Wednesday, 15 April 2009

Lack of research on family report systems: researchers

One of the most common ways that children's matters are assessed is by the obtaining of a family report. This is a report prepared by a psychiatrist, psychologist or most commonly a social worker, in which each of the parties and the children are interviewed and assessed. The purpose of the process is hopefully to give guidance to the court (and to the independent children's lawyer and hopefully the parties) about what the issues in dispute are and any recommendations as to what is in the best interests of children.

Writing in the latest Family Court Review, American researchers Robert Kelly [email] and Sarah Ramsey [email] have suggested that there is lack of systemic research about family reports, or as they are called in the US, child custody evaluations, and call for greater research.

They say:

Child custody evaluations need to be studied systemically as a human service
system. There is little research on the history, caseload dynamics, economics,
delivery systems, or impact of custody evaluations. This article identifies five
systems-level questions about custody evaluations and examines one, outcomes
assessment, in detail by developing seven outcome hypotheses. The article
concludes that such research could improve the practice and use of child custody
evaluations.

Given the extensive use of family reports, their comments are concerning:

Because of the absence of rigorous scientific studies assessing the accuracy and
impact of custody evaluations, it is not possible to determine whether custody
evaluations have no overall effect, significant overall negative effects,
significant overall positive effects, or some combination of positive and
negative effects. This is distressing in light of the fact that courts consider
the evaluations, often recognize evaluators as experts, and it is recommended
that forensic child custody evaluations be scientifically informed.

The researchers pose 7 unanswered hypotheses about the possible benefits of family reports (which they were unable to test, because of a lack of research):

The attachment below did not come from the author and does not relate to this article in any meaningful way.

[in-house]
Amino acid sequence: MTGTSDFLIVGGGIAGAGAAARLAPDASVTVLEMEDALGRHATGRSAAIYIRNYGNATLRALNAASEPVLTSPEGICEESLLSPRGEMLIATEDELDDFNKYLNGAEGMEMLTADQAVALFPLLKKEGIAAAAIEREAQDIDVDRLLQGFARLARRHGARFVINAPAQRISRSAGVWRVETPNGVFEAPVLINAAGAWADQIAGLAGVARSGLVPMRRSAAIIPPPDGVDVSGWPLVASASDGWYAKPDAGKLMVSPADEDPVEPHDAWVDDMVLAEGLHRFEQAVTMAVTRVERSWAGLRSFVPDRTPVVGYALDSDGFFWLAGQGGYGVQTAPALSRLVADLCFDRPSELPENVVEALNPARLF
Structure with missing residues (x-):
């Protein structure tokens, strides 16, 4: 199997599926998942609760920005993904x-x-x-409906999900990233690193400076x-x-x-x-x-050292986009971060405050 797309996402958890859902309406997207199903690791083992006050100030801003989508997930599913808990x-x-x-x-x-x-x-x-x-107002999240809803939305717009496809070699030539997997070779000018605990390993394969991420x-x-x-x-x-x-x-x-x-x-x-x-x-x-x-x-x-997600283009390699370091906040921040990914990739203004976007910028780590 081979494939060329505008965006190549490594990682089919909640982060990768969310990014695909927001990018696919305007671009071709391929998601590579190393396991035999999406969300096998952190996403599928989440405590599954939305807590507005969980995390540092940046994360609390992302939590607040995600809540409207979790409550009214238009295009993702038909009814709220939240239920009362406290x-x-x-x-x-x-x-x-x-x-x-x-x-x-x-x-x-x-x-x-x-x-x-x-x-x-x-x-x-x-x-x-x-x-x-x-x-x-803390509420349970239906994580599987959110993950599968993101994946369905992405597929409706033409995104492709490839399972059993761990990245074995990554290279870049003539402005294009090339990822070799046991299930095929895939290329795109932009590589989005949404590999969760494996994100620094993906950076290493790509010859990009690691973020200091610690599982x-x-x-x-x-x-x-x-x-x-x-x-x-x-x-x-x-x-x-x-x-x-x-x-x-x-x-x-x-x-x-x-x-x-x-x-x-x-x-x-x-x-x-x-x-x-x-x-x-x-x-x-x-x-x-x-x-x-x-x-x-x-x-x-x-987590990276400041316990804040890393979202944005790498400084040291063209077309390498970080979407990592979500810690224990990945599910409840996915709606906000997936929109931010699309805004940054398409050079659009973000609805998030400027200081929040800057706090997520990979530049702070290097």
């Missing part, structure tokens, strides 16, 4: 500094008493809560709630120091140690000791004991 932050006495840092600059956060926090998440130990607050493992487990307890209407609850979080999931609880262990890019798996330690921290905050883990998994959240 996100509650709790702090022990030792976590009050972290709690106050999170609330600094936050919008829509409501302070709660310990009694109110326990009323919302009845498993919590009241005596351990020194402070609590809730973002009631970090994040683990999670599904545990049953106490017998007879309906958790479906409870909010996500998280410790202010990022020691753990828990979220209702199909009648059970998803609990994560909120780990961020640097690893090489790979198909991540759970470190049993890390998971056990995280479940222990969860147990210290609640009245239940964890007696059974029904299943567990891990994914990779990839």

1. Settlement. Upon completion of a custody evaluation and/or high-quality custody evaluation, parents will be more likely to reach a non-court-imposed settlement than if no custody evaluation is done and/or the custody evaluation is poorly done.
2. Quicker Trials. Disputed custody cases and/or high-conflict disputed custody cases that go to trial will be adjudicated more rapidly when a custody evaluation and/or high-quality custody evaluation is done relative to the cases in which no custody evaluation is done or the custody evaluation is of poor quality.
3. In cases that go to trial, judges will express higher levels of satisfaction with their decision-making process and their actual decisions both when they have a custody evaluation versus no custody evaluation and when the custody evaluation they have is high quality versus low quality. 4. When a custody evaluation, independent of quality, or a high-quality custody evaluation is part of the resolution process, whether there is a pretrial settlement or an adjudication, parents will be: (a) more likely to abide by the agreed-to or court-imposed parenting plan and (b) less likely to engage in subsequent parental conflict and litigation.
5. On average parents will be more satisfied with the parenting arrangements that emerge in disputed custody cases when a custody evaluation, or a well-done custody evaluation, has been done than when there is no custody evaluation or the custody evaluation is poorly done.
6. Children in custody arrangements subsequent to a custody dispute for which a custody evaluation or a well-done custody evaluation was produced are likely to score better on child well-being measures than children from custody-disputed cases in which no custody evaluation was produced or the custody evaluation produced was of poor quality.
7. As custody evaluation institutionalization increases, court efficiency and effectiveness in disputed custody cases will be significantly affected.

2 comments:

Liz said...

Custody issues in a divorce are simply draining, time-consuming, frequently messy and horrible. Lawyers, mediators -- and, of course, parents -- might find value in "Stop Fighting Over the Kids," written by an attorney and geared toward helping parents resolve all those conflicts that are part and parcel of way too many divorces. It should be added to the bookshelves of anyone who works with separating and divorcing families. He even has a link to a youtube video showing the process in action!

Expose The Truth said...

Liz they can't stop fighting unfortunately. In the percentage of cases that reach the stage of entrenched conflict,it has nothing to do with the children.What drives the father to seek sole residency or at the least 50/50 is the combination of money and control. The mother must defend and protect her children and therefore must fight back.
The CS statistics support this, with most fathers paying the barest minimum in Child Support and endless internet forums advising on ways to minimise or avoid child support altogether that have a mainly male based membership with the odd step mother thrown in. Yes there are some bad mothers out there but generally speaking, most FLC battles do not involve negligent mothers as that is usually a DOCS issue.
The fathers want the children because they have recognised that they represent power and money which is something most, if not all men, crave.